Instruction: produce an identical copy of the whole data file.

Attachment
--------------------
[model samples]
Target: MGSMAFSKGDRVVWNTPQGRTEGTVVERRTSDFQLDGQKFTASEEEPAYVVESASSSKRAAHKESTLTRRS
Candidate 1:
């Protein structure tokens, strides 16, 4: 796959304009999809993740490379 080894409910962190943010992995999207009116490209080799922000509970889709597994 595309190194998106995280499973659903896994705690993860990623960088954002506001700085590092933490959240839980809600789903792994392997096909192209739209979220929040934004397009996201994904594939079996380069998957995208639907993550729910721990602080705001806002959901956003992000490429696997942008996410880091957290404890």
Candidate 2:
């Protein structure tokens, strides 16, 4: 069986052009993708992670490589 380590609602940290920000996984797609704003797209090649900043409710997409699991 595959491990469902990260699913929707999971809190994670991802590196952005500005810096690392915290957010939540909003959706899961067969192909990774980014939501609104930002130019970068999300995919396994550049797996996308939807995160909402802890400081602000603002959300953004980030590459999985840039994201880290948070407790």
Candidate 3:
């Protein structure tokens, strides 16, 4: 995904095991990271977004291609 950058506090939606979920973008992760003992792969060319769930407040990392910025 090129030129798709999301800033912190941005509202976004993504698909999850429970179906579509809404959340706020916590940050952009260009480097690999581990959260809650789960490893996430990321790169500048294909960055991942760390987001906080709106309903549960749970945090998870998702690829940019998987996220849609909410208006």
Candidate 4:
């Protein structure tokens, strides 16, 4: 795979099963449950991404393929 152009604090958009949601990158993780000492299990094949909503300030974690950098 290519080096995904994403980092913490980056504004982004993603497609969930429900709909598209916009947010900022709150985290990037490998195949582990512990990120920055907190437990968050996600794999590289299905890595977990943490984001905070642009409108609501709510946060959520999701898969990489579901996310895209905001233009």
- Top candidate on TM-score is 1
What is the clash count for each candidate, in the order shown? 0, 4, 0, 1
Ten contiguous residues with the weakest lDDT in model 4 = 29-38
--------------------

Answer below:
[model samples]
Target: MGSMAFSKGDRVVWNTPQGRTEGTVVERRTSDFQLDGQKFTASEEEPAYVVESASSSKRAAHKESTLTRRS
Candidate 1:
């Protein structure tokens, strides 16, 4: 796959304009999809993740490379 080894409910962190943010992995999207009116490209080799922000509970889709597994 595309190194998106995280499973659903896994705690993860990623960088954002506001700085590092933490959240839980809600789903792994392997096909192209739209979220929040934004397009996201994904594939079996380069998957995208639907993550729910721990602080705001806002959901956003992000490429696997942008996410880091957290404890």
Candidate 2:
């Protein structure tokens, strides 16, 4: 069986052009993708992670490589 380590609602940290920000996984797609704003797209090649900043409710997409699991 595959491990469902990260699913929707999971809190994670991802590196952005500005810096690392915290957010939540909003959706899961067969192909990774980014939501609104930002130019970068999300995919396994550049797996996308939807995160909402802890400081602000603002959300953004980030590459999985840039994201880290948070407790």
Candidate 3:
């Protein structure tokens, strides 16, 4: 995904095991990271977004291609 950058506090939606979920973008992760003992792969060319769930407040990392910025 090129030129798709999301800033912190941005509202976004993504698909999850429970179906579509809404959340706020916590940050952009260009480097690999581990959260809650789960490893996430990321790169500048294909960055991942760390987001906080709106309903549960749970945090998870998702690829940019998987996220849609909410208006």
Candidate 4:
């Protein structure tokens, strides 16, 4: 795979099963449950991404393929 152009604090958009949601990158993780000492299990094949909503300030974690950098 290519080096995904994403980092913490980056504004982004993603497609969930429900709909598209916009947010900022709150985290990037490998195949582990512990990120920055907190437990968050996600794999590289299905890595977990943490984001905070642009409108609501709510946060959520999701898969990489579901996310895209905001233009």
- Top candidate on TM-score is 1
What is the clash count for each candidate, in the order shown? 0, 4, 0, 1
Ten contiguous residues with the weakest lDDT in model 4 = 29-38